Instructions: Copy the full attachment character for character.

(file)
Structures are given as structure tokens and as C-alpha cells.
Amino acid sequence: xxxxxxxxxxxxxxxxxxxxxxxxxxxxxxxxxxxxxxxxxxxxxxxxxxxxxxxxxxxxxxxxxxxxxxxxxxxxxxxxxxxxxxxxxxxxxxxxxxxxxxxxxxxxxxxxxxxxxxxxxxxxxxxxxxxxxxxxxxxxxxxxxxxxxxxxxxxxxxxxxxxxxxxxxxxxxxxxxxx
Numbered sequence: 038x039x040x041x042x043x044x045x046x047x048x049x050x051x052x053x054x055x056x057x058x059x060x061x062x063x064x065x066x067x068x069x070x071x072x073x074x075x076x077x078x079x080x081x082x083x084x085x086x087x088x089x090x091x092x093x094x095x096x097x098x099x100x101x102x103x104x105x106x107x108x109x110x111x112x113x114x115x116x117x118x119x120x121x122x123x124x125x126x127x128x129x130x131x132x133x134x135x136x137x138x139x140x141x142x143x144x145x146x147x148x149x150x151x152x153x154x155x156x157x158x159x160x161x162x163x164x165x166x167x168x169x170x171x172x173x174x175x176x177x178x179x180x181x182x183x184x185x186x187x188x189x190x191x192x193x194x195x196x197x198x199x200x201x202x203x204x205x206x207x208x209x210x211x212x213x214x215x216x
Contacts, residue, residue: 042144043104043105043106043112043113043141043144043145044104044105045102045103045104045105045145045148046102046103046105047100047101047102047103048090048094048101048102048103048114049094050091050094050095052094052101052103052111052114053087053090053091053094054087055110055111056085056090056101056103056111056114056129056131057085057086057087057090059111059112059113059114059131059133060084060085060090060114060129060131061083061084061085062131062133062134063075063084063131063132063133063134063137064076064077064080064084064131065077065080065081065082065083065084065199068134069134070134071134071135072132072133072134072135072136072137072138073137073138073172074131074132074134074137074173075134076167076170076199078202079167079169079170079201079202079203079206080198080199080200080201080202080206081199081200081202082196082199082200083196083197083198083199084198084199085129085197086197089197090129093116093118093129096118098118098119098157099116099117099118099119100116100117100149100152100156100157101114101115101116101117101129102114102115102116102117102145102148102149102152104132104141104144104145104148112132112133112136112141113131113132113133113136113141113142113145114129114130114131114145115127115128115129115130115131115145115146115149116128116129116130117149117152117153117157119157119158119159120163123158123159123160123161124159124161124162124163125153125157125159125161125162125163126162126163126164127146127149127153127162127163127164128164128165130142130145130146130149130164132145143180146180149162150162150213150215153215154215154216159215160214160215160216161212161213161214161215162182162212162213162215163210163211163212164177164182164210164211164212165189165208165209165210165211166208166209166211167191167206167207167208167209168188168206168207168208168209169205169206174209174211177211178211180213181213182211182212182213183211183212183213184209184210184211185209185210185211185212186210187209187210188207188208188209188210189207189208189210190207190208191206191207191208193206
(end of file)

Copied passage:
Structures are given as structure tokens and as C-alpha cells.
Amino acid sequence: xxxxxxxxxxxxxxxxxxxxxxxxxxxxxxxxxxxxxxxxxxxxxxxxxxxxxxxxxxxxxxxxxxxxxxxxxxxxxxxxxxxxxxxxxxxxxxxxxxxxxxxxxxxxxxxxxxxxxxxxxxxxxxxxxxxxxxxxxxxxxxxxxxxxxxxxxxxxxxxxxxxxxxxxxxxxxxxxxxx
Numbered sequence: 038x039x040x041x042x043x044x045x046x047x048x049x050x051x052x053x054x055x056x057x058x059x060x061x062x063x064x065x066x067x068x069x070x071x072x073x074x075x076x077x078x079x080x081x082x083x084x085x086x087x088x089x090x091x092x093x094x095x096x097x098x099x100x101x102x103x104x105x106x107x108x109x110x111x112x113x114x115x116x117x118x119x120x121x122x123x124x125x126x127x128x129x130x131x132x133x134x135x136x137x138x139x140x141x142x143x144x145x146x147x148x149x150x151x152x153x154x155x156x157x158x159x160x161x162x163x164x165x166x167x168x169x170x171x172x173x174x175x176x177x178x179x180x181x182x183x184x185x186x187x188x189x190x191x192x193x194x195x196x197x198x199x200x201x202x203x204x205x206x207x208x209x210x211x212x213x214x215x216x
Contacts, residue, residue: 042144043104043105043106043112043113043141043144043145044104044105045102045103045104045105045145045148046102046103046105047100047101047102047103048090048094048101048102048103048114049094050091050094050095052094052101052103052111052114053087053090053091053094054087055110055111056085056090056101056103056111056114056129056131057085057086057087057090059111059112059113059114059131059133060084060085060090060114060129060131061083061084061085062131062133062134063075063084063131063132063133063134063137064076064077064080064084064131065077065080065081065082065083065084065199068134069134070134071134071135072132072133072134072135072136072137072138073137073138073172074131074132074134074137074173075134076167076170076199078202079167079169079170079201079202079203079206080198080199080200080201080202080206081199081200081202082196082199082200083196083197083198083199084198084199085129085197086197089197090129093116093118093129096118098118098119098157099116099117099118099119100116100117100149100152100156100157101114101115101116101117101129102114102115102116102117102145102148102149102152104132104141104144104145104148112132112133112136112141113131113132113133113136113141113142113145114129114130114131114145115127115128115129115130115131115145115146115149116128116129116130117149117152117153117157119157119158119159120163123158123159123160123161124159124161124162124163125153125157125159125161125162125163126162126163126164127146127149127153127162127163127164128164128165130142130145130146130149130164132145143180146180149162150162150213150215153215154215154216159215160214160215160216161212161213161214161215162182162212162213162215163210163211163212164177164182164210164211164212165189165208165209165210165211166208166209166211167191167206167207167208167209168188168206168207168208168209169205169206174209174211177211178211180213181213182211182212182213183211183212183213184209184210184211185209185210185211185212186210187209187210188207188208188209188210189207189208189210190207190208191206191207191208193206